Issuance of a decision unfavorable to a party does not in and of itself constitute a grounds for recusal. It does not do so here. There is a "presumption of honesty and integrity in those serving as adjudicators." Caperton v. A.T. Massey Coal Co., Inc., 556 U.S. 868, 891 (2009), citing Withrow v. Larkin, 421 U.S. 35, 47 (1975).

Plaintiff has provided no facts suggesting such a deep-seated favoritism on the part of the undersigned as to make fair judgment impossible.*fn1

The Court has no predisposition one way or the other nor any bias for or against any party in this case. The Court will be fair and impartial to the parties.

D. Further Thirty (30) Day Extension of Time Granted

1. Legal Standard

The Court has wide discretion to extend time, Jenkins v. Commonwealth Land title Ins. Co., 95 F.3d 791, 795 (9th Cir. 1996), provided a party must demonstrate some justification for the issuance of the enlargement order. Fed. R. Civ. P. 6(b)(1); Ginett v. Federal Express Corp., 166 F.3d 1213 at 5* (6th Cir. 1998).

2. Further Extension of Time Granted

Plaintiff has acted with reasonable diligence. The Court will give him one additional extension of time to file his amended pleading. However, any further request for extension of time will be looked upon with disfavor and must be accompanied by a specific showing of good cause. The Court does not perceive that Plaintiff's missing materials are essential to his addressing and resolving the pleading deficiencies identified by the Court in its screening order. If Plaintiff seeks any additional time to amend, he must explain to the Court his basis for believing he can not amend without recovering the missing property. He may be better served devoting his time and energy simply to addressing those deficiencies and filing his amended pleading.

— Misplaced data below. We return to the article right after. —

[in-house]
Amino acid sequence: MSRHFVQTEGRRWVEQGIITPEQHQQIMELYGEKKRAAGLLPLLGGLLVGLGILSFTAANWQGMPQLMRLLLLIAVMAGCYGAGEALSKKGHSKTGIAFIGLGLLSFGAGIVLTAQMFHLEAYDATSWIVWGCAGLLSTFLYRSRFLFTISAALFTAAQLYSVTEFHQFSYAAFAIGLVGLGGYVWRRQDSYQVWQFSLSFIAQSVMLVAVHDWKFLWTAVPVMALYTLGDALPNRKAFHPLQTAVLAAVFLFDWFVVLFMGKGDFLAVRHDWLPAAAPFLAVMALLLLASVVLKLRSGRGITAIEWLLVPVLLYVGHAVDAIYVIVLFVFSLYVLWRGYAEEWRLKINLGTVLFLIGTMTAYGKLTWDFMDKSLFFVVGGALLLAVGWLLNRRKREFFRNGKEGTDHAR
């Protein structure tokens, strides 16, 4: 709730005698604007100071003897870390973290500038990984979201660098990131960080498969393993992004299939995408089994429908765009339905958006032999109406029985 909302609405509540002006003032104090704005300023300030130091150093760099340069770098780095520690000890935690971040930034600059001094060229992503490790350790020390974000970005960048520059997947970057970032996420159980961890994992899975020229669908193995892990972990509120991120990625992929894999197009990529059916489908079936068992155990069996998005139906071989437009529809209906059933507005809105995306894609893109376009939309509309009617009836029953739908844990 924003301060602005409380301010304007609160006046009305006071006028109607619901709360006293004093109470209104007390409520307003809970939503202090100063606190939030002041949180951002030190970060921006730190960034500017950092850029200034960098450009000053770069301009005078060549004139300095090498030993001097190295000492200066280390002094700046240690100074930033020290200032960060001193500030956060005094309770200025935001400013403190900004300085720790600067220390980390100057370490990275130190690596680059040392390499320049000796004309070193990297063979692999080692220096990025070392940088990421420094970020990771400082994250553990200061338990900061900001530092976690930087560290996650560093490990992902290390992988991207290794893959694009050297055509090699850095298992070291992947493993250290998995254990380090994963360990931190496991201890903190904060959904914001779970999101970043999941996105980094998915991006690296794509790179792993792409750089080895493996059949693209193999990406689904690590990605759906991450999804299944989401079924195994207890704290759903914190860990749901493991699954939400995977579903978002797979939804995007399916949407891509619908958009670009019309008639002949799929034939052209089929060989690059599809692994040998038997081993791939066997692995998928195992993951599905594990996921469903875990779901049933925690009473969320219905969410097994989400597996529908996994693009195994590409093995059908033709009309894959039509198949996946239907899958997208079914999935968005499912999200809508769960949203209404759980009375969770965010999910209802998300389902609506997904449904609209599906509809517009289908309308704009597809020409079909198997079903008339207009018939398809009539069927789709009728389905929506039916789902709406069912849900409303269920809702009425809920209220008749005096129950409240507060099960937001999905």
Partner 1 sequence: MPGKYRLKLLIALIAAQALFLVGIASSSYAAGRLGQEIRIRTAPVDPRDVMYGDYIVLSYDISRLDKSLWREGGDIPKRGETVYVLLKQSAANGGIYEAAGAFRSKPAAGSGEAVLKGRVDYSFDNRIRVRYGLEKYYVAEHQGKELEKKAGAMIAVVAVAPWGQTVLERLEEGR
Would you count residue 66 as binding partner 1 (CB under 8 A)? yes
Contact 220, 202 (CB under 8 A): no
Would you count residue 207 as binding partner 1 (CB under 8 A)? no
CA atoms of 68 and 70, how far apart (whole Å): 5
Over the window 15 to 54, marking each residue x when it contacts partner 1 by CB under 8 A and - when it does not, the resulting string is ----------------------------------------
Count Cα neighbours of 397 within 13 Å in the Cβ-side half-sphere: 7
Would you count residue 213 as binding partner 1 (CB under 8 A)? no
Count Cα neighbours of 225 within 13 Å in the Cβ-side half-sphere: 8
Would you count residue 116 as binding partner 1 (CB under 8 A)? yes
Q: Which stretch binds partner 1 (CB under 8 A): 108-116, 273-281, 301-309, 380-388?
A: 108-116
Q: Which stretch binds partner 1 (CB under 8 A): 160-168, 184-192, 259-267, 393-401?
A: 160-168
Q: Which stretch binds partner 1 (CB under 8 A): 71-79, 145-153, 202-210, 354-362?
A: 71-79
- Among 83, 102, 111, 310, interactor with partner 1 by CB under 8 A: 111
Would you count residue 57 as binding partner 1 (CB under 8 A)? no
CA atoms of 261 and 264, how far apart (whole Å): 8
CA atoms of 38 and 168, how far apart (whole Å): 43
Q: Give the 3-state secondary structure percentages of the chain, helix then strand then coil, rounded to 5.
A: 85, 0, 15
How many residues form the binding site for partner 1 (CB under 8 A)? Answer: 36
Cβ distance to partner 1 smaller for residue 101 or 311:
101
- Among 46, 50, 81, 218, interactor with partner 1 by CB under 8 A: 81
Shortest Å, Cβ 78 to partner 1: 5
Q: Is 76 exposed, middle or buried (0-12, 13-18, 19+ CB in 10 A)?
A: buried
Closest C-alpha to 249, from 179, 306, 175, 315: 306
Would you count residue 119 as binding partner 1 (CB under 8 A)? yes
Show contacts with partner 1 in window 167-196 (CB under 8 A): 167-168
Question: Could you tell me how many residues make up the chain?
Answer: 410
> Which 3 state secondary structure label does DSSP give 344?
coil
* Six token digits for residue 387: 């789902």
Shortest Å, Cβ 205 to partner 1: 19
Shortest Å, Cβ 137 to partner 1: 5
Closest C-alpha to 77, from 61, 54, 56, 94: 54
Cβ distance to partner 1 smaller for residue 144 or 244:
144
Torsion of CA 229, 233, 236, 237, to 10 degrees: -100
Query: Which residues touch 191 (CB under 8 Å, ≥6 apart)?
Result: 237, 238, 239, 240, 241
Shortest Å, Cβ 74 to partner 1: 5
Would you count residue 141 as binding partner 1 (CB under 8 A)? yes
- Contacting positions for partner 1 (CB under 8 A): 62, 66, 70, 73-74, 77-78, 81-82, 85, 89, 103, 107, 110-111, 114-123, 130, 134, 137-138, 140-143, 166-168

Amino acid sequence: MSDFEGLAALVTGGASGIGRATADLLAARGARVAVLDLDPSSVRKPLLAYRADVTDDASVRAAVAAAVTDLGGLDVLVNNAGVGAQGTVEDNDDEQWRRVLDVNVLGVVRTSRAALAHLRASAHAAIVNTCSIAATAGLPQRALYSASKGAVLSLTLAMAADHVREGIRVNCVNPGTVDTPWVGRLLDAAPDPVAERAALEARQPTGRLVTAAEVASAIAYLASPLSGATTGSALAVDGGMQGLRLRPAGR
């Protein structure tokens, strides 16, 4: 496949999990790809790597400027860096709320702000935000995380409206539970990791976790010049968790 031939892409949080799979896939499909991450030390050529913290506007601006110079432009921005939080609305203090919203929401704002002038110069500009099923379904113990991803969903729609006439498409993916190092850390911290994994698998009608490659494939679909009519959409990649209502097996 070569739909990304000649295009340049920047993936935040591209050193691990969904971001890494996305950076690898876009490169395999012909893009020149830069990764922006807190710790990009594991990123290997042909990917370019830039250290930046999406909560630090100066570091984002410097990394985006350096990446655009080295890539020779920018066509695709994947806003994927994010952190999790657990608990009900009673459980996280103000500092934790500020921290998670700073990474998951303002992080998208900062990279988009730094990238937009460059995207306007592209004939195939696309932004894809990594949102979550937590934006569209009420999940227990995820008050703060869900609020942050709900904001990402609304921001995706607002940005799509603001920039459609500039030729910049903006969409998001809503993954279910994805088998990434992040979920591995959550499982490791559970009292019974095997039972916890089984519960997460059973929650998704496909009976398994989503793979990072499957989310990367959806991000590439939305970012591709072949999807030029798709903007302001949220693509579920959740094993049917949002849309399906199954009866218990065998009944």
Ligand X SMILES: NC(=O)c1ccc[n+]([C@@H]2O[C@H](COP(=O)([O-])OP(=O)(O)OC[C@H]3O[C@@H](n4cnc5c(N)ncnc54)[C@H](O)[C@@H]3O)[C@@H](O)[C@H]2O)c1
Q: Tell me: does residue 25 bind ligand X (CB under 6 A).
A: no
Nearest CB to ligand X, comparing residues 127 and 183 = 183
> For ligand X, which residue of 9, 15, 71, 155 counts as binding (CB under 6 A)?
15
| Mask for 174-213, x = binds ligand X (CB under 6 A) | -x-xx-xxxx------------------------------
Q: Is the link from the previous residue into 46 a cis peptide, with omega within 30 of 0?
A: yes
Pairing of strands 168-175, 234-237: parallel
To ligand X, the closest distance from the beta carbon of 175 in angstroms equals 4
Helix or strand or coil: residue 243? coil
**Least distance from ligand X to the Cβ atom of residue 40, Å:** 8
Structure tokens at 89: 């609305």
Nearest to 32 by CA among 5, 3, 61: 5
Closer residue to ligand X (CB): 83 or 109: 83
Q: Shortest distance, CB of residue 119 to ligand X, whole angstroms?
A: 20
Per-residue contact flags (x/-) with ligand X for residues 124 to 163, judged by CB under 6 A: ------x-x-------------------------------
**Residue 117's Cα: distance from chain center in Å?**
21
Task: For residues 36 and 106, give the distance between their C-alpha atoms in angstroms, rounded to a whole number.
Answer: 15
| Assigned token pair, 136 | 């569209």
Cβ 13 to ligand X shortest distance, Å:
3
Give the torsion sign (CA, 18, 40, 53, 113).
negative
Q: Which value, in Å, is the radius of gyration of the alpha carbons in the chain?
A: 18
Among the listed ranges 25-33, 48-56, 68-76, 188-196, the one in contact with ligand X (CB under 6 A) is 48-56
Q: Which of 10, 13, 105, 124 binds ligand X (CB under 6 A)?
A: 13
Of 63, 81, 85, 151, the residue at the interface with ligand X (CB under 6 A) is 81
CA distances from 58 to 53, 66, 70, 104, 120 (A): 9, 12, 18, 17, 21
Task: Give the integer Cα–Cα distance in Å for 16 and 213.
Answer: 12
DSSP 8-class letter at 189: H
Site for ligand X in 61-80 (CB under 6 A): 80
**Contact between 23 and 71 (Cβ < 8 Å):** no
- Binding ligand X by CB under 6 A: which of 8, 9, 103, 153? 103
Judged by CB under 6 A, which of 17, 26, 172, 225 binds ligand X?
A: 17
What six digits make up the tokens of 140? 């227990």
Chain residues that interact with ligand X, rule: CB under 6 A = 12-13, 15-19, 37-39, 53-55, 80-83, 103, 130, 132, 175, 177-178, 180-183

IV. ORDER

Accordingly, for the reasons stated, it is HEREBY ORDERED that:

1. Plaintiff's Motion to strike the Court's March 28, 2013 Order (ECF No. 15) is DENIED;

2. Plaintiff's Motion for reconsideration of the Court's March 28, 2013 Order (ECF No. 15) is DENIED;

3. Plaintiff Motion for consideration of recusal of the undersigned (ECF No. 15) is DENIED; and

4. Plaintiff is GRANTED a further extension of time such that he shall file his first amended complaint by not later than thirty (30) days following service of this Order.

IT IS SO ORDERED.